Palm Springs Modernism Week just closed, Legends 2016 is around the corner, and a Kardashian palace recently made the front cover of Architectural Digest. California design is hotter than ever: Just ask Delta Wright (Delta Wright Interior Design) and Cami Wright (Wright Interiors), designers who were part of the Modernism Week panel “Design Insights on California Style: Celebrating the Legacy of Modernism in Today’s Interiors.” The two discuss with EAL what it means to embody the Sunshine State aesthetic.
How would you personally define California style? What makes it different from, say, an East Coast aesthetic, or an interior you might find in Chicago?
Delta Wright: There is an unbridled individualism here, a feeling of the Wild West. We are afforded space to define our own soulful style and that of our clients. California style takes in the quirks and makes them sing—whether it’s the dramatic landscape, the natural light, the endlessly beautiful weather or even the traffic. We don’t have the constraints that exist in East Coast or Midwestern cities.
Cami Wright: I define California style as ‘relaxed sophistication’; however, it depends where in California you are. Beverly Hills is a completely different feel than a beach city. When I design in Beverly Hills, my designs tend to read a modern formality. My beach homes almost always are casually elegant and cozy. I also live in Austin, Texas, and the California style is often requested. Midcentury is hot in Austin right now, with the California influences of Palm Springs. Modern glamour is also reaching the South; my clients are taking risks with color, scale and whimsy.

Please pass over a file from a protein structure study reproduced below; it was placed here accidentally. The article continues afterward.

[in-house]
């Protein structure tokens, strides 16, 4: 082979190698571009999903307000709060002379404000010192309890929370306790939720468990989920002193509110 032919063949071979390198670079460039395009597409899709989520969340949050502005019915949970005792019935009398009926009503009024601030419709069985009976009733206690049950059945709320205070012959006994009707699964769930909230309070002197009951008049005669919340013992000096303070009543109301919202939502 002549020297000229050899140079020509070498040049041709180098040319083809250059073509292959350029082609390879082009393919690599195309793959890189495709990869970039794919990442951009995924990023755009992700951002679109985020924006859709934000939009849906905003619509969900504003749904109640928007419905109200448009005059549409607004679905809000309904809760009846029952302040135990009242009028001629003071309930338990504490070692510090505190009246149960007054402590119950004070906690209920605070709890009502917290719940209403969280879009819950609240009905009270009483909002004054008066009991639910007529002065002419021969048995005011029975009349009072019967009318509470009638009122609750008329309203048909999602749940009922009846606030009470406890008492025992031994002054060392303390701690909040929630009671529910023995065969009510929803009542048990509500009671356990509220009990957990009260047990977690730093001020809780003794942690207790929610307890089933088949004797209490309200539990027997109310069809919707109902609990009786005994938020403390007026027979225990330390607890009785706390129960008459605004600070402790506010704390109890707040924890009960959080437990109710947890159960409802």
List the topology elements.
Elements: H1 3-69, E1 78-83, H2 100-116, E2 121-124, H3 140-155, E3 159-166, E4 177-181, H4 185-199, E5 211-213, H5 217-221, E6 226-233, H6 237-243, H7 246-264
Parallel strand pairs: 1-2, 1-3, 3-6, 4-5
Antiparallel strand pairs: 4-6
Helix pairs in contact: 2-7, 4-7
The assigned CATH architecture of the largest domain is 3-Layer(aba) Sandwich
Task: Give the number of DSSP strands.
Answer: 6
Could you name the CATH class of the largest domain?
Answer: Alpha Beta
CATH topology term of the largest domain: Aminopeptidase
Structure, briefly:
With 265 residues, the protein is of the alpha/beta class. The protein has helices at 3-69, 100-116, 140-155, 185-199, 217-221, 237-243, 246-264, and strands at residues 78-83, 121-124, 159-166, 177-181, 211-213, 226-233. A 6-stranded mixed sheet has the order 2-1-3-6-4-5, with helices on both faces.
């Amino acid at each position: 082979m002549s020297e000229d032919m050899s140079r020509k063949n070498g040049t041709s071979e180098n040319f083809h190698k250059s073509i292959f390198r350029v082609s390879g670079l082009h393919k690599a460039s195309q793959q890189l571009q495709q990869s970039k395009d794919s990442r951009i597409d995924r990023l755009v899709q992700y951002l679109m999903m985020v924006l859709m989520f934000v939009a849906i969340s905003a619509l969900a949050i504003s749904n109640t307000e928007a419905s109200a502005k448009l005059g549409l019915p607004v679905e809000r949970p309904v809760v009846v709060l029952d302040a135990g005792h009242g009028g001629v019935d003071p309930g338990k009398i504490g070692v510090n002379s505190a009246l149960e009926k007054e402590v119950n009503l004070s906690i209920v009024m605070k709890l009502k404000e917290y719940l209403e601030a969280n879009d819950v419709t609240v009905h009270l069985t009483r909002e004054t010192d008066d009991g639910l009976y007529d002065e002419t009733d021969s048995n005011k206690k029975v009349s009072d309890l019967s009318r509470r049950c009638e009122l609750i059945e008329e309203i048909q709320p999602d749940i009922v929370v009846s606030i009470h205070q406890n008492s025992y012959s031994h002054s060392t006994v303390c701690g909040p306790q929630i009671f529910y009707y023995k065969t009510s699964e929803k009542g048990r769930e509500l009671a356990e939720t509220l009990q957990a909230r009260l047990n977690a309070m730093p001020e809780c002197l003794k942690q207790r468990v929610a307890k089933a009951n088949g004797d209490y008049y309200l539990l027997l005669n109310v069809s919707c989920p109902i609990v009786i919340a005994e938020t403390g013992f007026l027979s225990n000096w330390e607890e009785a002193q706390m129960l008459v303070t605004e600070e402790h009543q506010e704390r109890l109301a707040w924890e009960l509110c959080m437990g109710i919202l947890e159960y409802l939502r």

Beverly Hills Canyon Residence master bath, by Delta Wright
Delta Wright designs, from left: Westwood Residence, master fountain; Brentwood Residence
Who are some authentically Californian designers?
Delta: If you are here working as a designer today, you are authentically Californian. The complete gamut of styles, qualities and tastes with influences from the vernacular, to the Far East. That’s how it works here—to each his own.
Cami: When I think of California designers, I go toward the beautiful architecture of George Washington Smith. The Santa Barbara Spanish Colonial style is what I consider a classic and it’s often re-created around the country. The late interior designer Michael Taylor’s iconic Montecito style is timeless, and I use his furnishing often.
How does California style incorporate nature differently than other cities’ styles? What are some of the nature or nature-friendly elements at play in California design that one wouldn’t find elsewhere?
Delta: We have fully furnished outdoor rooms year-round. Outdoor living and dining are a part of everyday life. We have flowering trees mixed with rugged succulents throughout the year, and a gorgeous coastline of ocean always close by. We can be simpler here. We don’t need to manufacture nature or try to stage it (of course, many still do!). We can be more relaxed within the beauty that nature has already provided.
Cami: First of all, the weather is the biggest component to outdoor living in California. It's not everywhere you can eat outside year-round and not get attacked by mosquitos. Just about all of my homes I’m working on, from Malibu to Beverly Hills, incorporate the retractable sliding doors, creating indoor/outdoor rooms with a touch of a button. The outdoors has become a design element in itself. People are working more from home, and in California, that means working outdoors.
Brentwood Residence living room, by Delta Wright
What shops and neighborhoods do you visit in California? Which are the hottest cities or enclaves-within-cities for design right now?
Delta: I’m loving Hollywood right now, where I just collaborated on the opening of Graye Annex. Just One Eye is there, along with the mega nursery Tropics and the furniture destinations of JF Chen and Blackman Cruz. My favorite store is Garde on Beverly and, of course, Twentieth. Outside of L.A., I’ve been spending time on Balboa Island, classic California charm.
Cami: I shop in the Design Quarter on La Cienega. I always hit the jackpot in this area. For that second layer of accessories, I pay a visit to the Pasadena Flea Market for hidden treasures.